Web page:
Facebook CEO Zuckerberg on mobile strategy: “Let’s get the app to work”

Facebook has been known as a mobile pioneer. The original Facebook iPhone app was one of the first truly notable native mobile apps, producing an interface and experience that some claimed was even better than facebook.com. Even before the wide popularity of iPhone and App Store, Facebook’s mobile website nearly recreated the app experience in mobile browsers.

Facebook has been continuously evolving their service, adding features and improvements to help them get closer to their ultimate vision of “connecting the world.” But over the last few years, their mobile app began to lag behind. They would release improvements and revamps with great interface changes, but instead of a great experience, the app would welcome users with loading and stability issues. Their latest revamp is arguably the worst experience thus far, as News Feeds and Notifications are rarely loading for most users.

Here we have a chronological list of Facebook’s various mobile strategies. See if you can tell where they might have gone wrong:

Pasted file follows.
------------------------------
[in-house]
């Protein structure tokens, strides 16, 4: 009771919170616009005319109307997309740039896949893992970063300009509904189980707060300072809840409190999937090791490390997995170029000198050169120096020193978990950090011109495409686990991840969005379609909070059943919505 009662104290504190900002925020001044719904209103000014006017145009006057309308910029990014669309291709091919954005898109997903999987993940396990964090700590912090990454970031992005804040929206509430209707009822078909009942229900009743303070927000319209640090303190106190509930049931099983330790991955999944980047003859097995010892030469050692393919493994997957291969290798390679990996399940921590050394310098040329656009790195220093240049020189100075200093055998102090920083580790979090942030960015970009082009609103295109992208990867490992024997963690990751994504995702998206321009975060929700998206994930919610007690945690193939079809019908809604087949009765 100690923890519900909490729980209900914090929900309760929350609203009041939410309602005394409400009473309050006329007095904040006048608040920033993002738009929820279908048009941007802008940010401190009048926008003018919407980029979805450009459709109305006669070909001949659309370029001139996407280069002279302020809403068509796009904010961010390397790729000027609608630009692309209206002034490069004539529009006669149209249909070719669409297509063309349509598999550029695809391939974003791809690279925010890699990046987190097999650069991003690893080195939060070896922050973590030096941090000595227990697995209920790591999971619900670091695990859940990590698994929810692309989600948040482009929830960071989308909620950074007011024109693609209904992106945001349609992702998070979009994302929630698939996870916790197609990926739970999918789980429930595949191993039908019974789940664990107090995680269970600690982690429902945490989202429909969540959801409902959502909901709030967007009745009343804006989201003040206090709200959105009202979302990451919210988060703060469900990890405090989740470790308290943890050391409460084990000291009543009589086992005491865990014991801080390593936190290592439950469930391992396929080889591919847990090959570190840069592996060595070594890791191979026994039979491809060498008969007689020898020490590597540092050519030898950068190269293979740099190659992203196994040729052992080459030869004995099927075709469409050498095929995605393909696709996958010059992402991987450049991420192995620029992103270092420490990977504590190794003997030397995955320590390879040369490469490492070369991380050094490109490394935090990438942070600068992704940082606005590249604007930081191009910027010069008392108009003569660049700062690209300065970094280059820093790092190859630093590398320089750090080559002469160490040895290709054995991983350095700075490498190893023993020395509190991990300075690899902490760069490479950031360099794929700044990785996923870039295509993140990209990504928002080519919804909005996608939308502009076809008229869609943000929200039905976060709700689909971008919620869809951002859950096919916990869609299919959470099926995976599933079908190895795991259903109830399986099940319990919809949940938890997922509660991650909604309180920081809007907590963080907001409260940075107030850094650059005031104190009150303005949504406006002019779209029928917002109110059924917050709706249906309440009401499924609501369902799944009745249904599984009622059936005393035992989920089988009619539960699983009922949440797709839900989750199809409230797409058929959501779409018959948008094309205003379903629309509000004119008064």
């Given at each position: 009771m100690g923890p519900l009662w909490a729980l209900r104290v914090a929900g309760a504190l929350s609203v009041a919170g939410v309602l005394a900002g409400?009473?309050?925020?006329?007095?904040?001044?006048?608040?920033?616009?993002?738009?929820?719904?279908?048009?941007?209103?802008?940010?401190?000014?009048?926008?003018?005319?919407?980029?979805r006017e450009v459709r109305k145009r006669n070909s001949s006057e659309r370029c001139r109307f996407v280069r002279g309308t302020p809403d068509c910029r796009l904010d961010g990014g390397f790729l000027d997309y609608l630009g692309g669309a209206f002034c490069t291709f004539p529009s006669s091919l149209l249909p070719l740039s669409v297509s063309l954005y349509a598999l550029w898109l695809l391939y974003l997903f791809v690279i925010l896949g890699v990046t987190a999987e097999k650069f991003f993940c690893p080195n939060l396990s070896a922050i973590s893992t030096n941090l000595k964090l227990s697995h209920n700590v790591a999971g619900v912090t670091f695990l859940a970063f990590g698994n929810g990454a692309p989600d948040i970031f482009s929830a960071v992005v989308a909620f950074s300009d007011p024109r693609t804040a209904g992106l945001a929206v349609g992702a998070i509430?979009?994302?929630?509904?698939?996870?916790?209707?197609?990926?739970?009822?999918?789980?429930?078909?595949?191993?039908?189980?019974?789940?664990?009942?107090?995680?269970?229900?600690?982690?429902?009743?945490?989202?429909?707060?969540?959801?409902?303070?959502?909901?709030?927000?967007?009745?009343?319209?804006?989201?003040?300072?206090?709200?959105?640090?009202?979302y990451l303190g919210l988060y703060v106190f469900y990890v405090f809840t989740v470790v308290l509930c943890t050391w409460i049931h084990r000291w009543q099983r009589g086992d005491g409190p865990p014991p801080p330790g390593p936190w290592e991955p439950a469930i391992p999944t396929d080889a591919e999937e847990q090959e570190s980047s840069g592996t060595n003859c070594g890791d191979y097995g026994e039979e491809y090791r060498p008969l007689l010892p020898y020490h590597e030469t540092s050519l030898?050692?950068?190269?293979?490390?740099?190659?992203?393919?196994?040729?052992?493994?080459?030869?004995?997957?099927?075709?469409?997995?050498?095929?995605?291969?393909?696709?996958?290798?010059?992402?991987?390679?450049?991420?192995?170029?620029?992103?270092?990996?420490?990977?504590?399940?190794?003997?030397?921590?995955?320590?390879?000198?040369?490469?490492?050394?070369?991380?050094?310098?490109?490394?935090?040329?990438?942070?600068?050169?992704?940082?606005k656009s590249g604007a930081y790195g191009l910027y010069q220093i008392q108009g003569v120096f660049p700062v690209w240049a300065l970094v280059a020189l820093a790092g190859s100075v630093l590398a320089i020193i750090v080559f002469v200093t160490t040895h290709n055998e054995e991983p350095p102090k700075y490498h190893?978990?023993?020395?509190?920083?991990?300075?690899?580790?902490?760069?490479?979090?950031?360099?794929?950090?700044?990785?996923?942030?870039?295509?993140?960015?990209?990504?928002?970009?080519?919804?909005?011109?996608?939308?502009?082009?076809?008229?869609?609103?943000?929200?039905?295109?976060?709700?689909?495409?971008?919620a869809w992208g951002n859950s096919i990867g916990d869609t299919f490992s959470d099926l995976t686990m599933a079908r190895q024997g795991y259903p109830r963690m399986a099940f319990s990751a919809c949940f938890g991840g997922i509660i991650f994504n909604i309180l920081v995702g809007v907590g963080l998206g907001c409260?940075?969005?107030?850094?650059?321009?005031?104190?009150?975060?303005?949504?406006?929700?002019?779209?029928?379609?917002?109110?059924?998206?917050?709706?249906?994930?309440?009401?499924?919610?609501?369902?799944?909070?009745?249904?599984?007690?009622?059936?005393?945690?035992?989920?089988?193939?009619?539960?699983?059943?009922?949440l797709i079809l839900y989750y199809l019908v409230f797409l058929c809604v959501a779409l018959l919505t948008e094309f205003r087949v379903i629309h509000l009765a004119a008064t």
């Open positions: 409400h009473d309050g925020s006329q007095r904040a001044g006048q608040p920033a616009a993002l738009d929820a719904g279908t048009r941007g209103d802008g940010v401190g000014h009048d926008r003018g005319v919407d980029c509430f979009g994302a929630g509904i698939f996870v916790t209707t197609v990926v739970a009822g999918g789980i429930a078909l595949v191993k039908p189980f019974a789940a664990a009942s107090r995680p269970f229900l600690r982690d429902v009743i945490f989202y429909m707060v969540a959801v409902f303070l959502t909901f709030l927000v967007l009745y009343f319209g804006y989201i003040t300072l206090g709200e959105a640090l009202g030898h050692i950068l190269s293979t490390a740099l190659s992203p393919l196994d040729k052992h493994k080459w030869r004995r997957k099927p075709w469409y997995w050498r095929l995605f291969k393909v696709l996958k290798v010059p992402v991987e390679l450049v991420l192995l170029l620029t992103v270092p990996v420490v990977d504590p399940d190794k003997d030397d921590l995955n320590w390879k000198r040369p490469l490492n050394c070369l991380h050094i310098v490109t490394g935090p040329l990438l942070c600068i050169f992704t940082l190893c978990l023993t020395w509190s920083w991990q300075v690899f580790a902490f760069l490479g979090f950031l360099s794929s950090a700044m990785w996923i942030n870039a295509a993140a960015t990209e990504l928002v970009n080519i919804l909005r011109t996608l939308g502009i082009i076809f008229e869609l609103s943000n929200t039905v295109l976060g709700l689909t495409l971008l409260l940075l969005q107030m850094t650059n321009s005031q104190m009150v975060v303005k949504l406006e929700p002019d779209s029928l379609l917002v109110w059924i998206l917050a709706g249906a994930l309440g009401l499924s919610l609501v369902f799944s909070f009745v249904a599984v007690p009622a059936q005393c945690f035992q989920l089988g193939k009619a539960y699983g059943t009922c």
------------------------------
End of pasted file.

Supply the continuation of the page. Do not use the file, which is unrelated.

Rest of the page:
• Set the usability standards for a new era of mobile apps
  • Bring the same great experience to mobile web users
  • Bring the same great experience to the Motorola Razr (This one didn’t work BTW)
  • Develop for users who have only ever used Facebook mobile
  • Become a platform that other mobile services can use
  • Keep the servers running
  • Feign a fueud with Google as excuse for not making Android app
  • Release Android app anyway
  • Change the UI because way too many designers were hired
  • Show off the loading animation
  • Don’t melt phones

Facebook’s CEO Mark Zuckerberg is sick of not being able to get his News Feed or load comments on posts. He’s especially upset that others can’t load the images from his latest hunting trip. Instead of reviving Facebook’s early ambitions for its mobile experience, “functional” will have to do for now. After all, Facebook has to put its priority on figuring out where their revenue went to keep its shareholders happy.